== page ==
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Durham University

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Challenges of the agrarian transition in Southeast Asia, The

A research project of the Department of Geography.


A thing of the past for fully industrialized countries, the agrarian transition is currently being experienced by the vast majority of developing countries. Much has been written and continues to be written about this fundamental ‘rite of passage’. The major goal of this project is the reformulation, through the study of Southeast Asia’s current and intensive socio-economic transformation, of the theory of the ‘agrarian transition’.


In strict terms, the agrarian transition has been traditionally defined as a range of processes linked to the increasing importance of the market economy, which are at work within the agricultural sector and affect the agricultural as well as the rest of the rural population. Classical conceptions of the agrarian transition have however been widely critiqued for being excessively unilinear, too narrowly focused on political economy, and too Eurocentric. For a review and critique of the immense literature devoted to the theory as well as to the practice of the agrarian transition, see, among others, Kautsky, 1899; Thorner et al, 1966; the Journal of Peasant Studies and the recently launched Journal of Agrarian Change, particularly the lead article by Bernstein and Byres, 2001; Rigg, 2001 and Wilson and Rigg, 2003.

In broader terms, the agrarian transition refers to a larger societal transformation, from an agrarian society – for which agriculture represents the central occupation, the most important source of income, and the largest proportion of GDP – to one based increasingly on industrial production and services, while urbanisation and livelihood changes proceed apace. Nowadays, this broader transformation is closely dependent on a country's degree of integration in the world market.

Over the last twenty years, the literature on agrarian and rural relations in both the developed and the developing world has been marked by an explosion of innovative theoretical approaches, many of which have been inspired in part by the analytical challenges posed by globalisation. New research, on such topics as geography and place, identity, commodity chains, gender, agro-food systems, power and the production of knowledge, regulation and certification (both private and public), political ecology and network theories, has brought about dramatic shifts in the way that central concepts such as the rural, the market, environment and development are understood. Southeast Asia is one of the key areas where these new insights are being developed and Canadians are at the forefront of this research.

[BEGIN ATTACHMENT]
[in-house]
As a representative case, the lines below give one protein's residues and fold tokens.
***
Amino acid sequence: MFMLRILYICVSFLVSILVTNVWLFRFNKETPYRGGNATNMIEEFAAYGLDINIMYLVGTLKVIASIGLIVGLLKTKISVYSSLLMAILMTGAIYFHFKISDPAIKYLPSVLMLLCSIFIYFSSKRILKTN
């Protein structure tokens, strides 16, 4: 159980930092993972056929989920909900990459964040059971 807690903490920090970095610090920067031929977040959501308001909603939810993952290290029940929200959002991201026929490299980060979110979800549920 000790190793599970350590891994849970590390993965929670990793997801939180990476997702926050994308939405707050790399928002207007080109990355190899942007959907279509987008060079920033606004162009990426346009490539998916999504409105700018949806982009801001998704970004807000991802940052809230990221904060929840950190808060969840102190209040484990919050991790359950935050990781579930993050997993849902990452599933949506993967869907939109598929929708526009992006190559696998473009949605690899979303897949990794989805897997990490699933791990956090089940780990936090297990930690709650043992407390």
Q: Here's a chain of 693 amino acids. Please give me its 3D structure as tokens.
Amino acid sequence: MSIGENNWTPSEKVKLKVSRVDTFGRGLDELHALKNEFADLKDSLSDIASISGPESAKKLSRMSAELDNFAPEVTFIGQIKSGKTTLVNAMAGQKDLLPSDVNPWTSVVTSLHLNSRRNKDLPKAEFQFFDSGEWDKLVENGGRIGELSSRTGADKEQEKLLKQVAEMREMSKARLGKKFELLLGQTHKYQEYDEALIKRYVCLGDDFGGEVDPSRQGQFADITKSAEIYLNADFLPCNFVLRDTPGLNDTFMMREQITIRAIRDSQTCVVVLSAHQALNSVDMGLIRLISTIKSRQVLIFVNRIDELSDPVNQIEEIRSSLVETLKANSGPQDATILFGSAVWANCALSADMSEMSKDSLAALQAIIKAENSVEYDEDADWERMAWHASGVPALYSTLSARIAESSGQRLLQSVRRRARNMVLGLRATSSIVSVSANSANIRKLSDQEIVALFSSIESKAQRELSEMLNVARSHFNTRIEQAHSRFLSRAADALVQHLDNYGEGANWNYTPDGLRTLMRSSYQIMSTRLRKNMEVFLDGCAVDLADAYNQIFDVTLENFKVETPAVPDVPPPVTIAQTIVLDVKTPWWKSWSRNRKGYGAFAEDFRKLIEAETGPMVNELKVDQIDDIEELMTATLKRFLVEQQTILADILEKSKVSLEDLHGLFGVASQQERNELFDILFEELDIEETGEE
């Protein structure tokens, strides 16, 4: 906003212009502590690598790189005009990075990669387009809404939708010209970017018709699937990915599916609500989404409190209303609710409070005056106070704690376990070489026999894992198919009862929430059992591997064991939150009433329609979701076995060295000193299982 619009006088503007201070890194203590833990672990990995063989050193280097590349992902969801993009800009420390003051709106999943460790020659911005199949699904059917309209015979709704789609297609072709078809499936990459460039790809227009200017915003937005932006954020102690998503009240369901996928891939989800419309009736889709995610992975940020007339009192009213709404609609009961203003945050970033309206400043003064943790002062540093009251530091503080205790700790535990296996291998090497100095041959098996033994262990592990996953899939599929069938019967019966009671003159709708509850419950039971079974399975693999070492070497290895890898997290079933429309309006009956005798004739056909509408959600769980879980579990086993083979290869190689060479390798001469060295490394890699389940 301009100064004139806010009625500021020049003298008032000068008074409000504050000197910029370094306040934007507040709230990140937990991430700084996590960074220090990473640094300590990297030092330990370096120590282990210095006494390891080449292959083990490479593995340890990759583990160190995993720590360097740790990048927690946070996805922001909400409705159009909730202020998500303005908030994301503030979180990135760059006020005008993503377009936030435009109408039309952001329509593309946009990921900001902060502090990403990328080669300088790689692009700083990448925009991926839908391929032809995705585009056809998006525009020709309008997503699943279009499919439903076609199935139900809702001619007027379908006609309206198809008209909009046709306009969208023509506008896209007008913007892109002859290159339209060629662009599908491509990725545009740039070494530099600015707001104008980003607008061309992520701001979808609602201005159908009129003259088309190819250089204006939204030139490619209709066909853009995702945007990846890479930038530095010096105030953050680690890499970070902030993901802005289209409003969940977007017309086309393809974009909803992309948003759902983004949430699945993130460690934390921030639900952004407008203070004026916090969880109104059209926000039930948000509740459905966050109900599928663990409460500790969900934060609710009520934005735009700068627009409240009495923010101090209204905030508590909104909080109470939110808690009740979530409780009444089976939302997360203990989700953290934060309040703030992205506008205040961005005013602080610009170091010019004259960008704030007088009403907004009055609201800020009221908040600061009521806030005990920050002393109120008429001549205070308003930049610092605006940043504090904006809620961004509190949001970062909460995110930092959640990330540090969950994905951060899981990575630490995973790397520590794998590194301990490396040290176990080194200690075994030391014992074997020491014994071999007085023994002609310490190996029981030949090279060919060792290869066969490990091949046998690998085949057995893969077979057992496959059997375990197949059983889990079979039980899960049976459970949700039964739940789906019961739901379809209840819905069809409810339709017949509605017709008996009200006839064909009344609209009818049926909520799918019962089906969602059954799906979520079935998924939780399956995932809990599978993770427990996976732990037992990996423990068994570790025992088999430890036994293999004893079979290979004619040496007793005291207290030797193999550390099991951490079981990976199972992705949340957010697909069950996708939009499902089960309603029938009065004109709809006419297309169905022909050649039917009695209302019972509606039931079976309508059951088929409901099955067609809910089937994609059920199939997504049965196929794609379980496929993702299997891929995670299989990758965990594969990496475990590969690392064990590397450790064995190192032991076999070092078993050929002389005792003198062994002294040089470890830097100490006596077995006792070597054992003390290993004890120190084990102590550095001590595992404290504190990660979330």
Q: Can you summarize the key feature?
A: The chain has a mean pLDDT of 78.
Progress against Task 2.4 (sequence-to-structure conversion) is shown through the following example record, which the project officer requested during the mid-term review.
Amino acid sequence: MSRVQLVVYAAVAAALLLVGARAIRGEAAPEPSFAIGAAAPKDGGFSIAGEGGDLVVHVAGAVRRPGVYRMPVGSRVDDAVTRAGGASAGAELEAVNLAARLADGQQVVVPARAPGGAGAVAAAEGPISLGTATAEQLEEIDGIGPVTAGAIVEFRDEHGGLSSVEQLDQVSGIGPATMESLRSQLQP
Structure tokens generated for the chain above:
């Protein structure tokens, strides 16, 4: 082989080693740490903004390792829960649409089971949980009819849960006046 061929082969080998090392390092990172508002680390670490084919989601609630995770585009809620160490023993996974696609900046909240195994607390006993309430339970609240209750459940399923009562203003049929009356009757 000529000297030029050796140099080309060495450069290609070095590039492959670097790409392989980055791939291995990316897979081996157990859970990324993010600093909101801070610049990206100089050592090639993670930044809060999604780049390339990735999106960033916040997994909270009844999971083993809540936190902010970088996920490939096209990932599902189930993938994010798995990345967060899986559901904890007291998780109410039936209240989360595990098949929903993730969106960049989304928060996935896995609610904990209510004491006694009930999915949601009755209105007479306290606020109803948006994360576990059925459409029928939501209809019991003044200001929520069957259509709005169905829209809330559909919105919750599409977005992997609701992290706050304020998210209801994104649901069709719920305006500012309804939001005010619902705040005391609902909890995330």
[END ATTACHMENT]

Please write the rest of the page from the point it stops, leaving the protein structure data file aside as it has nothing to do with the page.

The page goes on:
The diversity of this research has come, however, at the cost of fragmentation in the understanding of the broad outlines of agricultural change and rural life. Scholars working within the diverse research fields listed above – which themselves emerge out of a variety of disciplines – do not always communicate effectively, failing to build on each other’s insights and findings. In trying to reformulate the concept of ‘agrarian transition’, we need as a team to acknowledge powerful trends that are at work across the countries under consideration – trends like urbanisation, the decline of agriculture as a source of income, and rural commercialisation – while also recognising the remarkable spatial and cultural diversity of the agrarian transition and the agency of the people involved. Given that similar or at least comparable processes are underway in other parts of the world, notably Latin America and Africa, this conception of the agrarian transition should travel well. The project will also contribute to the theorisation not just of agrarian Southeast Asia or agrarian transitions more generally, as well as related poverty and livelihood transitions, but to the question of the relations between the global and the local, one of the most pressing research questions in contemporary social science.

Generic Research Questions

Our approach is structured by two major axes, one defined by the four major conceptual windows or lenses: globalisation, livelihoods, spatiality, actors; the other by the six sets of processes at the core of the agrairian transition: 1) agricultural intensification and expansion; 2) market integration; 3) urbanisation and industrialisation; 4) population dynamics; 5) intensification of regulation; 6) environmental change.

At a conceptual level, the four major conceptual windows will provide the integrative framework for the various research sub-projects being developed. Every sub-project will explicitly address questions of globalisation, livelihoods, spatiality and actors. In this way, each will contribute to the conceptual innovation that lies at the heart of the ChATSEA project.

A further level of integration will be provided by the six sets of processes, each one coordinated by a process coordinator. This will serve to integrate research on specific issues across Southeast Asia and will ensure comprehensive coverage of all dimensions of the contemporary agrarian transition.

The four concepts or windows determine the generic or overarching research questions to which we will be seeking answers in relation to each of the six sets of processes. These generic questions are: